It was a global pandemic at a scale never seen in hundreds of years. It was believed to have been originated in North China, which predated the general outbreaks in Europe and America by few months. And the disease “was found in the spray and mucus from the throat, nose, and mouth. It could be spread through droplet infection by sneezing and coughing, and by hand-to-mouth contact.”
Despite the striking similarities, this, of course, was not Covid-19, but the 1918 influenza pandemic. It was dubbed the worst influenza pandemic in recorded history, infected around 500 million people (about one third of the total population back then) where it is estimated that between 50 and 100 million people died.
So, what happened? According to the author, Dr. Jeremy Brown, the experts have settled on 4 explanations for why so many people died in that pandemic:
- The virus had a protein on its surface that prevented the production of interferons, which normally functioned to signal our immune system that our body have been attacked. Then healthy lung cells that transfers oxygen into the bloodstream are hijacked by the penetrating virus which destroyed them and replaced them with dull fibrous ones that are incapable of transporting oxygen.
- With the patients’ bodies weakened and their lungs damaged, they caught bacterial infections such as staphylococcus or streptococcus which were deadly in this era before antibiotics. This is what the experts believed to be the main cause of the majority of deaths in the 1918, not from the flu virus itself but from these secondary infections.
- The flu virus triggered an overreactive immune response that turned the body against itself. Normally, a wound causes an inflammation (necessary to fight infections) and the inflammation is mediated by other kind of messenger protein called cytokines. And once the infection is healed, our cells stop producing cytokines and our immune system returns to its normal state. But in many of 1918 flu victims, the return to normal didn’t happen and instead their lungs suffer from “cytokines storm”, an overproduction of these messenger proteins, which in turn destroy healthy cells along with invading ones. When the cytokines storm strikes, the immune system spirals out of control.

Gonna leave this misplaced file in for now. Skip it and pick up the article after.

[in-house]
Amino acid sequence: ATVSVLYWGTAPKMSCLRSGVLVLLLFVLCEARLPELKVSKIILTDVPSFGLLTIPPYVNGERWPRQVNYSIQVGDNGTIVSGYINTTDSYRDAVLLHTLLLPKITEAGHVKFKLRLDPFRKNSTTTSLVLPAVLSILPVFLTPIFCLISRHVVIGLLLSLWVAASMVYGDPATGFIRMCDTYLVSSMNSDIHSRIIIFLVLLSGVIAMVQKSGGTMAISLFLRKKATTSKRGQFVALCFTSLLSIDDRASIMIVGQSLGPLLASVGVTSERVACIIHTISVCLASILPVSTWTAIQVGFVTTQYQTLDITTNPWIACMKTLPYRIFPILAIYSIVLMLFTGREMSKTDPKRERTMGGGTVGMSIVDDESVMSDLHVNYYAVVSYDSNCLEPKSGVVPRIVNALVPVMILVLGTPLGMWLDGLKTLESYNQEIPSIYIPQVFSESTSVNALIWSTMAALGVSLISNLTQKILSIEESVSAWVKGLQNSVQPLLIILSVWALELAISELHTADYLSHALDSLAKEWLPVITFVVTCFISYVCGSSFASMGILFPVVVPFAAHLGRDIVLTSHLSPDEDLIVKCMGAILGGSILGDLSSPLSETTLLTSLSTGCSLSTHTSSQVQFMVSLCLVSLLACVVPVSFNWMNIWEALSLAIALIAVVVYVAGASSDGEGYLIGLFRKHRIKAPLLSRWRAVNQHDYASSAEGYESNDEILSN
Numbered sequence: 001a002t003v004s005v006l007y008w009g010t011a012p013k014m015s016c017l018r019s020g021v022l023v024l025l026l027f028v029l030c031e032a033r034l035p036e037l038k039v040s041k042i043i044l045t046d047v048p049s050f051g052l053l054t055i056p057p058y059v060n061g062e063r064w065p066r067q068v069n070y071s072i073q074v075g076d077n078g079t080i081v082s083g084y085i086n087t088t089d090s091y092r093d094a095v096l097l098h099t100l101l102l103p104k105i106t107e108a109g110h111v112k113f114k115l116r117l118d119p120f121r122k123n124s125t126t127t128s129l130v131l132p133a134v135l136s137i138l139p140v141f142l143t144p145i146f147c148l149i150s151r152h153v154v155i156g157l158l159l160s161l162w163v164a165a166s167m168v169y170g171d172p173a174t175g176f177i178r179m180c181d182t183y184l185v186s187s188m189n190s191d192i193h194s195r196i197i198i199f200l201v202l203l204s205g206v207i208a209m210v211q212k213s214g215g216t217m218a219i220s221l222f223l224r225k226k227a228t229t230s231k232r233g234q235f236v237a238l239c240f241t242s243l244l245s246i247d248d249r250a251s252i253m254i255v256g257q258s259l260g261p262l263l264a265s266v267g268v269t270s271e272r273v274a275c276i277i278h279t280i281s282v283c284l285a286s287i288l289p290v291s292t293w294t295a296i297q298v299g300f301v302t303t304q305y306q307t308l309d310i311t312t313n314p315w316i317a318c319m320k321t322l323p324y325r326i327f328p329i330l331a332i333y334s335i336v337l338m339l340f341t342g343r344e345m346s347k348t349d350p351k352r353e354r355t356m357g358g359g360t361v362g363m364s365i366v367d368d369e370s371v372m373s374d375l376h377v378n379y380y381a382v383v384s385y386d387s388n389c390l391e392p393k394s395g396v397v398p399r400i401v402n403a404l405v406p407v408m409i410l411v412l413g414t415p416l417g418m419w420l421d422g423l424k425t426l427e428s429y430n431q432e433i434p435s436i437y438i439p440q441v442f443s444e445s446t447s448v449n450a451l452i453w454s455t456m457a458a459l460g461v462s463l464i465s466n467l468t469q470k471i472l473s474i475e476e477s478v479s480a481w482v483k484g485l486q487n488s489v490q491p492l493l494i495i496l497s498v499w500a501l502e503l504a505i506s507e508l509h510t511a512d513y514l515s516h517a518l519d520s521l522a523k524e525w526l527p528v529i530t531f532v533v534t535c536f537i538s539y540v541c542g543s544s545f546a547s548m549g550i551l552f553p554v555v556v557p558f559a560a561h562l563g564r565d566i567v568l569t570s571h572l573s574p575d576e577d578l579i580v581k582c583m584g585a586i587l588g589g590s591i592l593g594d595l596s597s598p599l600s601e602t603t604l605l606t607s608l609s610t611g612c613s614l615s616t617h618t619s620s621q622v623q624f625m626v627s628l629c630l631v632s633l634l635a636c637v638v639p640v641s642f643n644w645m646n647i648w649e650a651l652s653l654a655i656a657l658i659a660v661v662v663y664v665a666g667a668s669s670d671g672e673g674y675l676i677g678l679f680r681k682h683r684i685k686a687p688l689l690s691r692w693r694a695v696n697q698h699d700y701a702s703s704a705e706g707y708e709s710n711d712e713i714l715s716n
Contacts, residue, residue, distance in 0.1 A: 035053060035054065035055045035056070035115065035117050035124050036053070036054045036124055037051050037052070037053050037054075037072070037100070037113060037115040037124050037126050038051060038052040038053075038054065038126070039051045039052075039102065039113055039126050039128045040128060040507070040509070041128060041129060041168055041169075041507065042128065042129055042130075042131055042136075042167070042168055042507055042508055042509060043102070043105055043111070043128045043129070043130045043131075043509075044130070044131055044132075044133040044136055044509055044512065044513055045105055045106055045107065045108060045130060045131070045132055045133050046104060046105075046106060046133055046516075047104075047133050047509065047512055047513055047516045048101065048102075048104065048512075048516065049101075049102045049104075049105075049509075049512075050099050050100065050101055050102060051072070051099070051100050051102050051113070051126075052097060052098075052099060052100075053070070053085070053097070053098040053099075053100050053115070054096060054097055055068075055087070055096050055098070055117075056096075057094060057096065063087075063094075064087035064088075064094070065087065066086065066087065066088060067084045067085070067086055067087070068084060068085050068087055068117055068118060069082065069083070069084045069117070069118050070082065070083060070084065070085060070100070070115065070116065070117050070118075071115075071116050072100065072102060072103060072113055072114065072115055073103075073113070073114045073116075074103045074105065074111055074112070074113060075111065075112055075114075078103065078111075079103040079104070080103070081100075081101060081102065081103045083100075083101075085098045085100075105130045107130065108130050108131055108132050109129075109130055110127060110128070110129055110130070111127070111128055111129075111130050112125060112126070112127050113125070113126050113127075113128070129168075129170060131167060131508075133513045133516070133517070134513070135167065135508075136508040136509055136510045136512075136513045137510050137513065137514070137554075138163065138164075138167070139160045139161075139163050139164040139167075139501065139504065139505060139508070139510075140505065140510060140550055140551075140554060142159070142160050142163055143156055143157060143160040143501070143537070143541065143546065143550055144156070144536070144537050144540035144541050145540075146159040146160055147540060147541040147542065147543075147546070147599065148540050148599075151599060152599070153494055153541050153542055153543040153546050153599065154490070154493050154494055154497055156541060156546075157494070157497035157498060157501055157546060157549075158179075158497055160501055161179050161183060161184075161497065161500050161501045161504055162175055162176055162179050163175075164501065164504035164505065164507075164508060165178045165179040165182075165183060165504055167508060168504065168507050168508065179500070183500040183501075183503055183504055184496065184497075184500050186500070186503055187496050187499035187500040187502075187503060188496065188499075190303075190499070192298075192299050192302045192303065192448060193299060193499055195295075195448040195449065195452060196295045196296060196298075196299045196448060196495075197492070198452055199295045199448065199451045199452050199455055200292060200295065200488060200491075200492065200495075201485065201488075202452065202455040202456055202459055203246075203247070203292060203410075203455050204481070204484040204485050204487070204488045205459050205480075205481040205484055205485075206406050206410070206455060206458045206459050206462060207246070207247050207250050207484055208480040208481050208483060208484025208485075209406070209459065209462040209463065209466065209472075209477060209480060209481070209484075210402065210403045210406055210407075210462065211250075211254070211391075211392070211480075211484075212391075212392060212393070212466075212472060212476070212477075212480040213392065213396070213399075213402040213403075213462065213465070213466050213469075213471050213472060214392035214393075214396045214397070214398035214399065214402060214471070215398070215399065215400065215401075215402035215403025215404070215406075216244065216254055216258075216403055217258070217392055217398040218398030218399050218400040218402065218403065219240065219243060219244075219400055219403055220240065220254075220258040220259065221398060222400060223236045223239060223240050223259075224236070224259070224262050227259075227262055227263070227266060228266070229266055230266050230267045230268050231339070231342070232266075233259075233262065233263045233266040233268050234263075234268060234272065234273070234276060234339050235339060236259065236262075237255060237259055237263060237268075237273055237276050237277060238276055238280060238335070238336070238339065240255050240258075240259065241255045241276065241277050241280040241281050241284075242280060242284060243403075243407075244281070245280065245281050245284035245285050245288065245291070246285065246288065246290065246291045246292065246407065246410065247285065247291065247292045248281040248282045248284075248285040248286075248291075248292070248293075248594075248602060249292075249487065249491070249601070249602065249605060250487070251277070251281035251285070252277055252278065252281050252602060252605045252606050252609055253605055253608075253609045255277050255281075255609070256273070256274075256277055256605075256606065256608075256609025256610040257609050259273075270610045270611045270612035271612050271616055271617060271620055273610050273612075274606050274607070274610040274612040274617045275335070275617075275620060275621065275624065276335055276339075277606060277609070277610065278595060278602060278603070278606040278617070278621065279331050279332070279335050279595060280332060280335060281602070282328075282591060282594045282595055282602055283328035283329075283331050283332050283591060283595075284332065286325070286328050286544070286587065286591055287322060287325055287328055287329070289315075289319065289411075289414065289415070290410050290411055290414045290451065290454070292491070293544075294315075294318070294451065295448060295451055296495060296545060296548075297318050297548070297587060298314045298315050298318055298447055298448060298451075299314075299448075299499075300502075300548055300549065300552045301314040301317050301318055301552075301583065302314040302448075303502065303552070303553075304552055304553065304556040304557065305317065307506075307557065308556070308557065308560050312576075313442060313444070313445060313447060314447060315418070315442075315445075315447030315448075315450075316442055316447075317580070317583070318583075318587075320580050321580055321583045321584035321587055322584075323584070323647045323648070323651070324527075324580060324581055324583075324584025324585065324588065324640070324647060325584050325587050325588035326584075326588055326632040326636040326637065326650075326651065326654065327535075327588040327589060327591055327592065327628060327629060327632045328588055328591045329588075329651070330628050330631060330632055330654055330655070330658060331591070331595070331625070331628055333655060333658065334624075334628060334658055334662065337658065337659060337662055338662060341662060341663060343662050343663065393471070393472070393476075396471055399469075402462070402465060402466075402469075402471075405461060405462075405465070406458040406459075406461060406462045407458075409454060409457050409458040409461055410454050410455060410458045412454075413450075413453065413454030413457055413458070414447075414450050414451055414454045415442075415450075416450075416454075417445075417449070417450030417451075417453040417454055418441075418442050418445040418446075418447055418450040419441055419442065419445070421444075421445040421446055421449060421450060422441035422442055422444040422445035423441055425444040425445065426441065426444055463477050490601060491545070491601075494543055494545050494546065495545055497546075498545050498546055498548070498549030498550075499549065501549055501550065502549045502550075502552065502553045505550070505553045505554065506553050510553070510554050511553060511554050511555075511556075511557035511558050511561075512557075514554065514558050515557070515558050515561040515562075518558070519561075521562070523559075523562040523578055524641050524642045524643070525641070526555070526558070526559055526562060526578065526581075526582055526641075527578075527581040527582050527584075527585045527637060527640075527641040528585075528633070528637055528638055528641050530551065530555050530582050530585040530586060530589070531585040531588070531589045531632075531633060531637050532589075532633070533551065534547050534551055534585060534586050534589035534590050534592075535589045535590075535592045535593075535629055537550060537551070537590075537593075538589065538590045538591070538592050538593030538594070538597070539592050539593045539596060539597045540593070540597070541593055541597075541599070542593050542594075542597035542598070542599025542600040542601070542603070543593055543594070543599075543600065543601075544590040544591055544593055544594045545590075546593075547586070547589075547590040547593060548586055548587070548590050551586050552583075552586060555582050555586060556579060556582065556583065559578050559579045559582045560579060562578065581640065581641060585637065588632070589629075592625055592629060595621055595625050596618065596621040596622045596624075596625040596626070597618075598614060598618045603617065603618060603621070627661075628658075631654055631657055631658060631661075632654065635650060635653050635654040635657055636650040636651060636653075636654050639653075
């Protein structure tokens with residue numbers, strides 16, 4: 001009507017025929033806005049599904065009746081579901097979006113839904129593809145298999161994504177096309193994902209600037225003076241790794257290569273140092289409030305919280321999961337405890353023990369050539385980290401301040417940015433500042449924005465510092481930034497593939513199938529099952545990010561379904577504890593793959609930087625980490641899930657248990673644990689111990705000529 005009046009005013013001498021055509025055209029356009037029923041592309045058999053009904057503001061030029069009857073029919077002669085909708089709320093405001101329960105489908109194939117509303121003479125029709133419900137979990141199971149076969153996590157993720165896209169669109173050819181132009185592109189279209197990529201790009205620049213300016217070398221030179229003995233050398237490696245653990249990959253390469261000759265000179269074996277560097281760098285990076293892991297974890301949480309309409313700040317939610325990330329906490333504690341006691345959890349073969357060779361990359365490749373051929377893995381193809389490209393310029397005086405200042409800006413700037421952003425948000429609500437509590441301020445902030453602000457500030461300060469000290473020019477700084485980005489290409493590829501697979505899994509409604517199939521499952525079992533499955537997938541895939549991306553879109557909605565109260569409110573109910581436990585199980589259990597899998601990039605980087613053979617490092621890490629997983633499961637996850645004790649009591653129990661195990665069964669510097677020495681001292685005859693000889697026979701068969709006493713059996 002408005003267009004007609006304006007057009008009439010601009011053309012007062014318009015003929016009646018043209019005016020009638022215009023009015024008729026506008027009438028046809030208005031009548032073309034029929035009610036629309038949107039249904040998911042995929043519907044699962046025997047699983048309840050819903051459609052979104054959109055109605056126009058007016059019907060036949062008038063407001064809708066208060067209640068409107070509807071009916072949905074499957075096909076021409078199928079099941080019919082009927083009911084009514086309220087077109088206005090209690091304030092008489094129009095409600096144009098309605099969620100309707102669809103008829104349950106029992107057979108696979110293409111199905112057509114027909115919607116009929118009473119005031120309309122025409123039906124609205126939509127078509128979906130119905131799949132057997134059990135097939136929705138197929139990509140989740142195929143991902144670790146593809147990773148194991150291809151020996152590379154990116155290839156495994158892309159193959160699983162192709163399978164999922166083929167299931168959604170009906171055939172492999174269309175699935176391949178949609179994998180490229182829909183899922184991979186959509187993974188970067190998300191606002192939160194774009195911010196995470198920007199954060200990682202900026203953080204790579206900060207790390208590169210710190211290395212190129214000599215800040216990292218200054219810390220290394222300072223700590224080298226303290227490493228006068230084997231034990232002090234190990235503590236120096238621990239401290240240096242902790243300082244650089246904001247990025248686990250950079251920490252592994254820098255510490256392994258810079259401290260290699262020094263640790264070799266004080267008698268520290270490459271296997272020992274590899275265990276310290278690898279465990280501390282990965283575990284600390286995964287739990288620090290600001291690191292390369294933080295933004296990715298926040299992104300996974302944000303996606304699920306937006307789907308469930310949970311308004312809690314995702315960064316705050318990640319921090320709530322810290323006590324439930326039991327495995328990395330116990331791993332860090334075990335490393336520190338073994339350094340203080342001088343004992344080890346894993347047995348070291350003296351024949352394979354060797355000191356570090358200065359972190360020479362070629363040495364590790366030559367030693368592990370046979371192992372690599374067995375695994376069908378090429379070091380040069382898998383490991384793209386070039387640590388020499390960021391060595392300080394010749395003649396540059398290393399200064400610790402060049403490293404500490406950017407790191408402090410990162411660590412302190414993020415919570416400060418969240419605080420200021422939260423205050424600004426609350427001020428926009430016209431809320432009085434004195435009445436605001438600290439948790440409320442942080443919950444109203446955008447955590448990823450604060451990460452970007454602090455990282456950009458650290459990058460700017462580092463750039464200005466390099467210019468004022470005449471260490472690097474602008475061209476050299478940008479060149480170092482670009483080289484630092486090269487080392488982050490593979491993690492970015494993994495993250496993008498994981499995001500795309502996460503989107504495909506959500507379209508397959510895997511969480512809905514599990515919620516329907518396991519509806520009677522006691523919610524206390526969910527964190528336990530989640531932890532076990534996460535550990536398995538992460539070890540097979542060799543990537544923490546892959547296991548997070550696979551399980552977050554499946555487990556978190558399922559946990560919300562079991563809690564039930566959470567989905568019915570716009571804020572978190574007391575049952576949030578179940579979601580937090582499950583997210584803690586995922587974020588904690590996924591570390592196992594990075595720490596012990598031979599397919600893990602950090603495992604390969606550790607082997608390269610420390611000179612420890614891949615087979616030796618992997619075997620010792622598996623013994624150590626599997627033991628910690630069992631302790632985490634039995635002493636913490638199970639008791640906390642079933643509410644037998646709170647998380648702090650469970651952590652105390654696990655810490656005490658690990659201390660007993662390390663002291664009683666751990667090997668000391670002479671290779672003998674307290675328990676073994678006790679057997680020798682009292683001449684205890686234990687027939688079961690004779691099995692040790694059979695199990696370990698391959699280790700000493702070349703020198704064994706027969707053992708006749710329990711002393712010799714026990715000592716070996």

- The rapid spread of the virus is due to living arrangements at the time, where people were living in tenements or barracks due to war, working-class families shared beds, soldiers slept side by side.
Attacking the lungs? cytokines storm? We might as well change the label to Covid-19 and the symptoms wouldn’t be out of place.
So what did they do to cure it? The immediate prevention measures tick all the contemporary boxes: wearing mask, social distancing, while businesses, schools and theatres were shut down. The book then shows the gruesome “remedies” for the flu pandemic, the trial and errors that would make us think that we’re sure glad to live in a more modern time. Remedies such as bloodletting, enemas, a shot of mercury, enormous dose of quinine, etc that are not only worthless in curing flu but also dangerous (bloodletting was the same procedure that killed George Washington).
Moreover, we often take for granted all the progresses that have happened in history, since a procedure as trivial as consuming aspirin to cure our flu symptoms can have deadly side effects during the 1918 pandemic, as back then doctors still haven’t figure out the safe dosage of aspirin that we should consume, hence people weren’t only dying from the flu but a lot died due to aspirin overdozed.
But eventually, the pandemic was over after 2 years and 3 waves, and the world proceeded to have the Roaring Twenties. So what cured it? Here’s the harsh truth, the pandemic was over because people who got infected either died or developed immunity. It became endemic. In other words, it was simply due to herd immunity that was developed over 2 years and not from a super cure that emerged to save the day (but at a very high cost of 50-100 million deaths). A rather anti-climactic ending, don’t you think?
This is where the book, written in 2018, then switches into a more technical elaboration that focuses on the 100 years of evolution of medicine since that 1918 pandemic and the journey to once and for all attempt to cure the disease of influenza. Now it is almost impossible to summarise every discovery in this review, but the following are the most important and relevant ones.
So, a virus is a box of chemicals that does not have the structures of a basic cell. They have no mitochondria (so they cannot make energy), they have no ribosomes (so they cannot build proteins), they lack lysosomes (which get rid of waste and toxins), they cannot metabolise, they cannot replicate on their own. So in order to reproduce, they must invade living cells. Viruses infects bacteria and plants, birds, fish, reptiles, and mammals.
While viruses do not target cells specifically to kill them, the mechanism where they hijack a cell and use it as a reproducing machine might injure, weaken, or destroy the cells as a collateral damage. In fact, if a virus is too lethal, it can destroy the host cells before they can even be used to create viral copies. This mechanism is the same for every virus, no matter how differ they are in the level of deadliness, from common flu to HIV to ebola.